Pictures of Errors
Placing Too Little Composite


Photo illustrates composite short of the cavosurface margin.  Although this was a very infrequent error that I made when first developing the Custom Matrix Technique, due to my emphasis on this factor, attendees in my hands-on workshops do make this error.  As dentists we have been trained to add more composite than we need and grind away the excess.  The ability to quickly eyeball the correct amount of composite for a restoration is most important for Class I and II, since excess composite leads to high occlusion.


Matrix Band Not Retighten Adequately

Occlusal anatomy and cavosurface margin are perfect and need no finishing.  The excess composite mesial to the marginal ridge is due to the Tofflemire matrix retainer not being retightened to the same degree as when the matrix was constructed prior to preparing the tooth.  Consequently, when the custom matrix was reseated, excess composite was forced up between the custom matrix and the matrix band.  The Tofflemire matrix retainer should be snug but not overly tight when placed on the tooth both before preparation and after.


Too Little Pressure Placed on Custom Matrix


Note that the surface of the composite is smooth and well formed, but the composite is not pushed to the margins on the lingual, leaving a gap (arrows) and is not thin in those areas where it extends beyond the margins (buccal and distal).  Place 5 pounds of pressure on the custom matrix for 5 to 10 seconds after seating it to allow time for the composite to flow and conform to the shape of the matrix.

Poor Marginal Ridge Contour
Note the lack of correct contour of the composite in the marginal ridge area (arrow). When the custom matrix was constructed prior to preparing the tooth, the clear PVS bite registration material was not injected into the embrasure between the matrix band and the tooth in this area. The custom matrix is deficient in this area and consequently, the resulting composite is over-contoured. The intraoral syringe tip needs to trace the embrasure between the matrix band and the tooth while injecting the clear bite registration material.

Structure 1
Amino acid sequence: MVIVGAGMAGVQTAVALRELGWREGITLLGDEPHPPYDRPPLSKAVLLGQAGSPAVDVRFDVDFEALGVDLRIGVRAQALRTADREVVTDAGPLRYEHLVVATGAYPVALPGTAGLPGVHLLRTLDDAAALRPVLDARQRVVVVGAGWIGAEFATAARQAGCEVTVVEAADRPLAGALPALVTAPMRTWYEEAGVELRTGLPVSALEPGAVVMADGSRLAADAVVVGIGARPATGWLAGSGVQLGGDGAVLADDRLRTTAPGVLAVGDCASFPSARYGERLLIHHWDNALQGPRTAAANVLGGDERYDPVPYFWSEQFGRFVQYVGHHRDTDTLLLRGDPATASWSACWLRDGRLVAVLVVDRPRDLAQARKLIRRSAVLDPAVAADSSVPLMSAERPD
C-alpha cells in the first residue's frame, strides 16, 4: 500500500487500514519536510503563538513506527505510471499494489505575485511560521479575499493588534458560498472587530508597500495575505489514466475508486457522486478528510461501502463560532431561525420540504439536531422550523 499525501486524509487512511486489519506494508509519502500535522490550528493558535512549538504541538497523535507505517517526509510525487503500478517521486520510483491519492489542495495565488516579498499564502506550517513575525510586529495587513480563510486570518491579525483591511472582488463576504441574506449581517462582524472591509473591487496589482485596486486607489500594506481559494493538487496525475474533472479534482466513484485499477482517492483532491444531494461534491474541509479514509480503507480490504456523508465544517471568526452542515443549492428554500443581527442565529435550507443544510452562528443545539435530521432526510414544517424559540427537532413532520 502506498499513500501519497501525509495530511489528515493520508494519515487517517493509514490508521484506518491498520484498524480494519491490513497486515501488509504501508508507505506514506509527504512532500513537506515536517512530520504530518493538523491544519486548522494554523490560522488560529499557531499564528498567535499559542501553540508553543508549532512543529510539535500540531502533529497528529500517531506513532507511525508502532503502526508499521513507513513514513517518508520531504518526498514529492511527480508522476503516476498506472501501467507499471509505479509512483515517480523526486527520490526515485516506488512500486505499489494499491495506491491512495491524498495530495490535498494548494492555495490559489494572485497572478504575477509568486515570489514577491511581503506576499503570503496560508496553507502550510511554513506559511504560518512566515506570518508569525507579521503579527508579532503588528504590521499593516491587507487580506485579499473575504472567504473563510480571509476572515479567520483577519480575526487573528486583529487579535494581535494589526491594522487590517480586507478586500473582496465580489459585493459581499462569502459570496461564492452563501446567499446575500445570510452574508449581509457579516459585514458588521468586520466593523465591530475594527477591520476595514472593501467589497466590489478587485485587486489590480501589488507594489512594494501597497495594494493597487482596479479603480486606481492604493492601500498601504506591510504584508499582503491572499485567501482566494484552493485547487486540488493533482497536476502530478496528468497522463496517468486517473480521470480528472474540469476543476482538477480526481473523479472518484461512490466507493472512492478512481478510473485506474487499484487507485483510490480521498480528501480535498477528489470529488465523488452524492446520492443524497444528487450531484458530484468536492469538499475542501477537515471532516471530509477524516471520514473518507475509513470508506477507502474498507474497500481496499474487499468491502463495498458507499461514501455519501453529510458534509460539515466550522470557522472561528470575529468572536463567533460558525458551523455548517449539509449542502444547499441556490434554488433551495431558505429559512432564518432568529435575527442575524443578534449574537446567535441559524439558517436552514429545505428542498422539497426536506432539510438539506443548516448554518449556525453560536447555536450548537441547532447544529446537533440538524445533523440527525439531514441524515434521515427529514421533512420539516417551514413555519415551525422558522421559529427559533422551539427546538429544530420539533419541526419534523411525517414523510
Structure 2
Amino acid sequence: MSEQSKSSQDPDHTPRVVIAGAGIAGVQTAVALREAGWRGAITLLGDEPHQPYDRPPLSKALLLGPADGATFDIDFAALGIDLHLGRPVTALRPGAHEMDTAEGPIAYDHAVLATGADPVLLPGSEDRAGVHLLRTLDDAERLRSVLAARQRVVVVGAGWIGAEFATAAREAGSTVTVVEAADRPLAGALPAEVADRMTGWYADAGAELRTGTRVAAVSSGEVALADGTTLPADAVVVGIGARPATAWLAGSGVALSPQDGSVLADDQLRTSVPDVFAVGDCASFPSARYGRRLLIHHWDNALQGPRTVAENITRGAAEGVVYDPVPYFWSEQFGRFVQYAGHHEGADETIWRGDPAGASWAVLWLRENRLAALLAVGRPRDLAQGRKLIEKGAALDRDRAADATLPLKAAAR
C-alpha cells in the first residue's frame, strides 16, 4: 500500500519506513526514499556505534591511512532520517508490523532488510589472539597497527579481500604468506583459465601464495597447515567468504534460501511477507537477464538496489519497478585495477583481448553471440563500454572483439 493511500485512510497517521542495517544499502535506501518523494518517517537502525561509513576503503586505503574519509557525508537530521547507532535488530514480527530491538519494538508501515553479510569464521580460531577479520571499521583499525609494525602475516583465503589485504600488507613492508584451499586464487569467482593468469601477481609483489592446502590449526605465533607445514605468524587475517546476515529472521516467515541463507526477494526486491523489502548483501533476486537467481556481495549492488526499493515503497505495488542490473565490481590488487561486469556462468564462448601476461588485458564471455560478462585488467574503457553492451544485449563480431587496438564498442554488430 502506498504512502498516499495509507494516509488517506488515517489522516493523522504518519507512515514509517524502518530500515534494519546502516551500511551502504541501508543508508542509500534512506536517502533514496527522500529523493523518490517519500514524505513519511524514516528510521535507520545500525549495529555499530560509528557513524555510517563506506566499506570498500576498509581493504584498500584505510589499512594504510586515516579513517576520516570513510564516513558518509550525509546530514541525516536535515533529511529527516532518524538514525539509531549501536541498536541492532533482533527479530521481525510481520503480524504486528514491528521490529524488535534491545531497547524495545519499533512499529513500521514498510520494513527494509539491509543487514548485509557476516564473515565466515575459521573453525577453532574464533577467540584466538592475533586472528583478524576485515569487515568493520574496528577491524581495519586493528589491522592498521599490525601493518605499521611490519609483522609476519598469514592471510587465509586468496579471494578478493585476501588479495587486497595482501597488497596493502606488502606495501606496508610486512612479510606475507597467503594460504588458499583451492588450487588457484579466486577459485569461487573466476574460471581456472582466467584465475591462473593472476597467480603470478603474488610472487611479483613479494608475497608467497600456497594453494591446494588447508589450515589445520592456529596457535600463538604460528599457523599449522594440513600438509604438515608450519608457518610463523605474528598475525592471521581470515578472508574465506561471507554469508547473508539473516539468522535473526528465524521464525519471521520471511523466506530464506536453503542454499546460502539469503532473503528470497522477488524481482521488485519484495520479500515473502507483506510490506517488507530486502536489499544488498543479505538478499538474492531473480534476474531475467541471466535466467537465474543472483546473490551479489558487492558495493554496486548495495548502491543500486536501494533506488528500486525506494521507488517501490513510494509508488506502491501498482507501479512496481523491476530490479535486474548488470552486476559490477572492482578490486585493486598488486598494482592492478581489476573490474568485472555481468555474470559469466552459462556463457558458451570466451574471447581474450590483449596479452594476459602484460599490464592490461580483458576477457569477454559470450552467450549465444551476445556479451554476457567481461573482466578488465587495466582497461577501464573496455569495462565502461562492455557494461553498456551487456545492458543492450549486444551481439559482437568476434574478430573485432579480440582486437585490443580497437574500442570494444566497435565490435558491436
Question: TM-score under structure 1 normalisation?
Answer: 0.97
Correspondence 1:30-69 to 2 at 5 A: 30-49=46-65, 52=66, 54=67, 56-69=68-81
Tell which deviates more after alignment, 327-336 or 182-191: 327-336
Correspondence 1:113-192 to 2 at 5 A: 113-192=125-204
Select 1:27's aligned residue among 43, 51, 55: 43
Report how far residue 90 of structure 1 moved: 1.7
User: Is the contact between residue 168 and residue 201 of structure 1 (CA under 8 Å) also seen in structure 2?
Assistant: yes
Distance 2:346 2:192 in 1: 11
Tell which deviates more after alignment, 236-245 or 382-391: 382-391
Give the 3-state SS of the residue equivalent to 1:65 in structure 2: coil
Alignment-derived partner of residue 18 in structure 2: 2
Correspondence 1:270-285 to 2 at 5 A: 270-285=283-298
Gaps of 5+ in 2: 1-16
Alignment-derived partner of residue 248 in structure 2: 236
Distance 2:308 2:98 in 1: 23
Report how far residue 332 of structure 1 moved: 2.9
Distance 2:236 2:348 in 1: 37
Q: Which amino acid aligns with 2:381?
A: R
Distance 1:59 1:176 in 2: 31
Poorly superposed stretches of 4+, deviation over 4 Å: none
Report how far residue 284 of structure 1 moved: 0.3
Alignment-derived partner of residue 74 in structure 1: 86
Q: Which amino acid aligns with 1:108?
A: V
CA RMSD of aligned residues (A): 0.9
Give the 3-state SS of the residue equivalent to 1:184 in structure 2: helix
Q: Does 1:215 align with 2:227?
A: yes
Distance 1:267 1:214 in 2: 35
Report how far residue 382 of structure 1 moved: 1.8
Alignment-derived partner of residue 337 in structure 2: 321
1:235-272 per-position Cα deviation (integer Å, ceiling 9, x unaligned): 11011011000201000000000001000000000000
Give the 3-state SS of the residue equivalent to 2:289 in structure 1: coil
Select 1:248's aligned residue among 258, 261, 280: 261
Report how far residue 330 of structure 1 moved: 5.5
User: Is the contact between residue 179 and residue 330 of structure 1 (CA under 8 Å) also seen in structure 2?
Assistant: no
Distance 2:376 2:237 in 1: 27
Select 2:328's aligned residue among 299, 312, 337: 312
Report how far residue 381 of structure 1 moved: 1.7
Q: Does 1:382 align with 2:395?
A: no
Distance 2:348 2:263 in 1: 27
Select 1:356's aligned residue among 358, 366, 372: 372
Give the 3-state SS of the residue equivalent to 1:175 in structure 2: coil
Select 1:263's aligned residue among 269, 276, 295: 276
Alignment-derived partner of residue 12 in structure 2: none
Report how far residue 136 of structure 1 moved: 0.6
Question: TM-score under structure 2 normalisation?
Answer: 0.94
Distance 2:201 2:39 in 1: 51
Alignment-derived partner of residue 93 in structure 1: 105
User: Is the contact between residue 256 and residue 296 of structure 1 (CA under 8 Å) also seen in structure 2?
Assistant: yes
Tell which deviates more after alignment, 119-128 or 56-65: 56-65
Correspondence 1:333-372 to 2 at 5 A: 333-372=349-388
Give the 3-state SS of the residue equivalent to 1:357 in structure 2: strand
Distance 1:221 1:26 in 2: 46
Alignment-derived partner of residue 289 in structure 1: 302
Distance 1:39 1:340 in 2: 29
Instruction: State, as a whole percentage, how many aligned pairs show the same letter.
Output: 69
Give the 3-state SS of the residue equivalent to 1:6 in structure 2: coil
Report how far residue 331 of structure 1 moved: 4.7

Excess Composite and Poor Wedge Placement
Excess composite is noted at the buccal marginal ridge and buccal groove. Since much of the cavosurface margin on the occlusal looks perfect, the custom matrix was seated all the way, but the excess composite was expressed in areas of least resistance. Over-contoured composite at gingival margin is due to not seating the interproximal wedge securely. A number 12 blade would be used to remove gingival excess and a flame-shaped carbide-finishing bur (#7901) would be utilized to remove buccal excess.

Deficient Interproximal Wedge Placement
Although no finishing would be required on the class V restoration and minimal finishing on the class IV, the excess composite forced the custom matrix and Mylar strip out of proper contour. A wooden wedge that more fully supported the Mylar strip would alleviate poor contour gingival to the proximal contact. This is actually a very good result for the attendee in the hands-on workshop.  For a large open interdental papilla area, a large wedge such as a Stim-U-Dent would be necessary to support the Mylar strip.